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Posted Oct. 19, 2015

Basic essay skills every postgrad should know

FB essay writing Essay writing is one of those skills that postgrads are often just assumed to have, but something that hasn’t always been taught. Many of us figure it out through college and university by piecing things together, but we’ve never actually been sat down and explained how to best do it. If you’re really struggling with essay writing, try talking to your department – they’ll often have a course or two designed to help. Whereas if it’s just a refresher, you’ve come to the right place – here are our basic essay skills postgraduates should know: Justify Everything You shouldn’t say anything that you can’t back up. If you can’t think of a quote, a source, or a logical justification for a point – no matter how convinced of it you are – don’t include it. This should help stop you rambling, but it’ll also keep the essay well-focused, fully supported and on-point.

Introduce and Conclude Don’t just launch straight into your argument! Spend the first few paragraphs laying out anything important: what you intend to show, any methods you’ve used, and a general background of why you’re asking the question in the first place. Equally, don’t just end after your final point. Repeat what you intended to do, and highlight how you've successfully done that. Mention potential follow-ups if there are any, and don’t leave any important questions hanging.

Have a Structured Argument Don’t just jump from point to point as they occur to you – make sure you have a structure and a framework to go from. There’s no best set way for this, but as long as it’s organised and consistent, it’ll probably work. Just don’t swap half way through! If you plan to follow the structure of: point, criticism, response, point, criticism, response and so on – don’t change this half way through. Some key structures include:

Point, criticism, response, point, criticism, response, etc All your points, then all your criticisms, then all your responses All your points, then criticism/response, criticism/response

All of these are equally valid methods to use, as long as you are consistent in your usage.

More Is Not Always Better You might think that being able to easily write out 5,000 words gives you a better chance than writing, say, 3,000, but you’d be wrong. Quality will always beat quantity and it’s well worth practising being succinct where possible. The better at being clear and precise you are, the better your essay will be, and one part of that is learning not to ramble. Length isn’t inherently bad, but it’s worth questioning why your essay is so long: is everything in it something you can justify being there, or did you just do it for length? Learning to tell the difference is key to writing a great essay.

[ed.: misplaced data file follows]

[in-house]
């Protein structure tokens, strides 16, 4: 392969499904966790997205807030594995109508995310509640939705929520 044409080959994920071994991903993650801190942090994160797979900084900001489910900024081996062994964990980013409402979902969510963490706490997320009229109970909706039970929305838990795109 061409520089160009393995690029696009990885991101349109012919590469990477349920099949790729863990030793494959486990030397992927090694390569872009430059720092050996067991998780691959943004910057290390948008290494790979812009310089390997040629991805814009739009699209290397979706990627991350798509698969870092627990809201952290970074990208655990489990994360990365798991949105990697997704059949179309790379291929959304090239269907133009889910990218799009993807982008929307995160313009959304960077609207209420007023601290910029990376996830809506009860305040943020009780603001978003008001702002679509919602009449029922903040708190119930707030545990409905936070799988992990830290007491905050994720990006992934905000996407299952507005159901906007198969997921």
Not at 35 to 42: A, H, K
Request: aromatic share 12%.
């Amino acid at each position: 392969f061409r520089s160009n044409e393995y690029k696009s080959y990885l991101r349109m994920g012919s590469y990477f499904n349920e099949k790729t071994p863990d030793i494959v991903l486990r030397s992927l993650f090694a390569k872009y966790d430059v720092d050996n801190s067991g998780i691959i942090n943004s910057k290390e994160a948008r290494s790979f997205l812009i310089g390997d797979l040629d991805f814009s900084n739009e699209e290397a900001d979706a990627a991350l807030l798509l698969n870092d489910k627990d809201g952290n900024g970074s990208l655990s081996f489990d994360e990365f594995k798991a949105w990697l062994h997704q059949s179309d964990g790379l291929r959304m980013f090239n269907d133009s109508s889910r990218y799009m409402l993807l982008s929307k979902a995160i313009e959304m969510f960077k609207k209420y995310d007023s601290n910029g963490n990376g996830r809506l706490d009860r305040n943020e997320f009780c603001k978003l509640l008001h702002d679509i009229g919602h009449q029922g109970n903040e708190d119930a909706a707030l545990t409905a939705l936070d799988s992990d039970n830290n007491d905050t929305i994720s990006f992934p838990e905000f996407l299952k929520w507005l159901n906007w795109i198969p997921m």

Learn to Footnote Many undergraduates don’t quite master the art of footnoting – especially since they don’t have to do it in exams. But it’s vitally important at the postgraduate level. Whilst there are online tools that can do it for you, it’s worth knowing how to do it manually just in case. Try to gain a familiarity with a couple of reference systems, and don’t just learn how to reference books. YouTube videos, internet articles – even video games – all have their own reference styles, and it’s worth being at least familiar with these in passing, because you never know when you might have to quote one.

Don’t Follow Your Sources Too Heavily While you want to follow your sources on points and content (whether in agreement or not), try not to follow them too closely. Structuring your essay in a very similar way to your main source may make it easier to write, but it will be a worse essay for it. It may well be that that’s the most logical structure, and that's fine, but try to think about your structure independently, rather than just following something you agree with. Breaking free of a pre-existing order will give you space to add in new thoughts and criticisms, and make your essay stronger overall.

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